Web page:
Secure routing in multi-hop wireless networks

Pao Yue-kong Library Electronic Theses Database

Secure routing in multi-hop wireless networks

 

Author: Zhou, Jie
Title: Secure routing in multi-hop wireless networks
Degree: M.Phil.
Year: 2012
Subject: Wireless communication systems -- Security measures.
Hong Kong Polytechnic University -- Dissertations
Department: Dept. of Computing
Pages: xvii, 94 p. : ill. ; 30 cm.
Language: English
InnoPac Record: http://library.polyu.edu.hk/record=b2551306
URI: http://theses.lib.polyu.edu.hk/handle/200/6816
Abstract: Secure routing protocols play an essential role for ensuring security in multi-hop wireless networks. Specifically speaking, the entire network could be paralyzed by misdirecting routing control messages, which could lead to lower network throughput, frequent packet loss and eavesdropping. Thus routing protocols should be secure enough to defend from attack, yet optimal enough to ensure routing performance. Most existing work on secure routing does not consider routing performance, nor does it adequately address the issues of providing users with information integrity and confidentiality. Moreover, current attack detection approaches make strong assumptions and require extra hardware support. In this research work, we study and propose solutions to address these challenging issues. We make the following original and significant contributions. Firstly, we propose a Security Extended Optimised Link State Routing protocol (SE-OLSR) to guarantee the integrity, confidentiality and freshness of current OLSR. Previous routing protocols focus on improving performance with the assumption the wireless environment is friendly and trustworthy. However, the multi-hop wireless network is vulnerable to numerous attackers. Thus, we adopt basic security techniques to encrypt the routing packets, in order to ensure the packets received by the destination node are the original ones sent by the source node. At the same time, a digital signature and hash values are used to guarantee the packets are the latest ones to prevent replay attacks. We implement the SE-OLSR on the Linux platform to identify its accuracy, and then transplant this secure routing protocol to mesh routers T902 and laptops to establish a Wireless Mesh Network (WMN) testbed.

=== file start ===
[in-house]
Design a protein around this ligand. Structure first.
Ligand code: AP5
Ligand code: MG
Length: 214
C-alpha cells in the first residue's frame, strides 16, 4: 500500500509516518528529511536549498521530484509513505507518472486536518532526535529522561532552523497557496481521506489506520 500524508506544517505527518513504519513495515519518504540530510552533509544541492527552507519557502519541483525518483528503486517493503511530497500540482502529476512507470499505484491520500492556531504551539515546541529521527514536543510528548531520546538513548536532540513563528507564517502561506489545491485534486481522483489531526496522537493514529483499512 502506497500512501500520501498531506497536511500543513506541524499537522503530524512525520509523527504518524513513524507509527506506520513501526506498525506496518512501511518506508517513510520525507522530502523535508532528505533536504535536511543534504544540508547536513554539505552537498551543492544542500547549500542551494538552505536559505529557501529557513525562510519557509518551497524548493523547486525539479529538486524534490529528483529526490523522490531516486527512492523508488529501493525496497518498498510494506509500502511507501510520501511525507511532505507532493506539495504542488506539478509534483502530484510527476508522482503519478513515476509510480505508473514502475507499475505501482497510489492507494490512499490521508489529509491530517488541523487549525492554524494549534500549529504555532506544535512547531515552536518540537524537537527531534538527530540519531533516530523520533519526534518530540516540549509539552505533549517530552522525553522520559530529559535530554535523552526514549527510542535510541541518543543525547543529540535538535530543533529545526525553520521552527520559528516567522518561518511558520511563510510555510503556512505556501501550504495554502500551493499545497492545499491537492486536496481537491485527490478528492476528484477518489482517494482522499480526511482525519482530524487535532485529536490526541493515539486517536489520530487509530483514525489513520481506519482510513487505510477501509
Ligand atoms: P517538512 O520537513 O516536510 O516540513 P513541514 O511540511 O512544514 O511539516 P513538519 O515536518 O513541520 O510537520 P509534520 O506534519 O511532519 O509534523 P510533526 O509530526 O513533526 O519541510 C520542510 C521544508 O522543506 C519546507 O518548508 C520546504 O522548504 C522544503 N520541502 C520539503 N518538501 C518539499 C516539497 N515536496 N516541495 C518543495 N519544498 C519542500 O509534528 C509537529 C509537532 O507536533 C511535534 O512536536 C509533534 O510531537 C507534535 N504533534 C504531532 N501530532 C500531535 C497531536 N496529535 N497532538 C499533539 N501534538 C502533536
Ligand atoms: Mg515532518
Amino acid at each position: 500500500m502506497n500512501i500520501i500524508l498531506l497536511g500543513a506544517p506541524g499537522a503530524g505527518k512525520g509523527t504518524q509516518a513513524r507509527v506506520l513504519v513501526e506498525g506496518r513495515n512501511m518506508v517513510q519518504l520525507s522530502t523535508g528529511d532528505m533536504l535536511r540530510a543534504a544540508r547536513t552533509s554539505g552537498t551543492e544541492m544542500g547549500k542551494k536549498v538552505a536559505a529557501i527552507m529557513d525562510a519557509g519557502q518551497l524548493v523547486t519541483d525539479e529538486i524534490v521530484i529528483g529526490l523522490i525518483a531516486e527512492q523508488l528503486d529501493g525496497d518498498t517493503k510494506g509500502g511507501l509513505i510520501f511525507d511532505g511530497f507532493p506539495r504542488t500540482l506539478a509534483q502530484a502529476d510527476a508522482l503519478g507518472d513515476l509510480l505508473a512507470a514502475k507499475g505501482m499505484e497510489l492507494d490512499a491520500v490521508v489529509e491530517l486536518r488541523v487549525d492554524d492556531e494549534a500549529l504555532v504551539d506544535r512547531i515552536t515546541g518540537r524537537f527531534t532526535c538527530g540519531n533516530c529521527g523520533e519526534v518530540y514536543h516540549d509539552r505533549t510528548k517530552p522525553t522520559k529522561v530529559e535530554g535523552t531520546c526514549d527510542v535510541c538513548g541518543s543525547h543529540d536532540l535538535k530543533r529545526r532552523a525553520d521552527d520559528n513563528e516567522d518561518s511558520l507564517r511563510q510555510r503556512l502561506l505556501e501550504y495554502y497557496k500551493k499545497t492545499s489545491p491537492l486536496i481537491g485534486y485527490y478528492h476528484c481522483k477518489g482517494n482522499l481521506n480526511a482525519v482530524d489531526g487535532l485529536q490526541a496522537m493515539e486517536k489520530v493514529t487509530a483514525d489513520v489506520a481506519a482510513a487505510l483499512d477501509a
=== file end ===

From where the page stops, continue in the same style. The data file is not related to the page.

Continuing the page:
Secondly, we analyse the impact of wormhole attacks and develop a countermeasure for attack detection based on a real testbed. Although many works have been done on detecting wormhole attacks, few of them actually evaluated their solutions on a testbed to consider real network conditions. In order to fill this gap, we set up a WMN testbed for studying wormhole attacks through comprehensive experiments. Some existing approaches used RTT to detect wormhole attacks. However, from both theoretical analysis and experimental results, we observed that the standard deviation of round trip time (stdev(RTT)) is a more efficient metric than RTT to identify wormhole attacks. Accordingly, we propose a new algorithm called Neighbour-Probe-Acknowledge (NPA) to detect wormhole attacks. Compared with existing works, NPA does not need time synchronisation or extra hardware support. Moreover, it achieves a higher detection rate and a lower false alarm rate than the methods using RTT under different background traffic load conditions. Finally, we propose an Optimal Secure Routing (OSR) protocol to find a secure path resilient to active attack with the best routing performance. Traditional routing protocols are designed to efficiently find paths containing high quality links in assumed trust environments. Although several routing schemes have recently been proposed as defence from attack, with increasing attention on security issues in the application of multi-hop wireless networks, only a few of these have considered routing performance. To fill this gap, we have designed a new secure routing protocol OSR taking into consideration routing performance optimisation. OSR relies on a trusted third party, Trust Clearance Center (TCC), which utilises game theory to calculate and assign a trust value for each node according to its utility report behaviour. We prove that this TCC is able to detect malicious nodes and segregate them from the network when they try to launch attacks. Therefore, optimal paths can be discovered by OSR without any utility cheating. Through extensive simulations, we demonstrate that OSR can effectively discover optimal paths with a high detection rate and a low false alarm rate. Furthermore, we observe that the behaviour of active attacks can be comprehensively formulated by using game theory. To the best of our knowledge, this is the first piece of work that adopts game theory to deal with problems that jointly consider security and routing performance.

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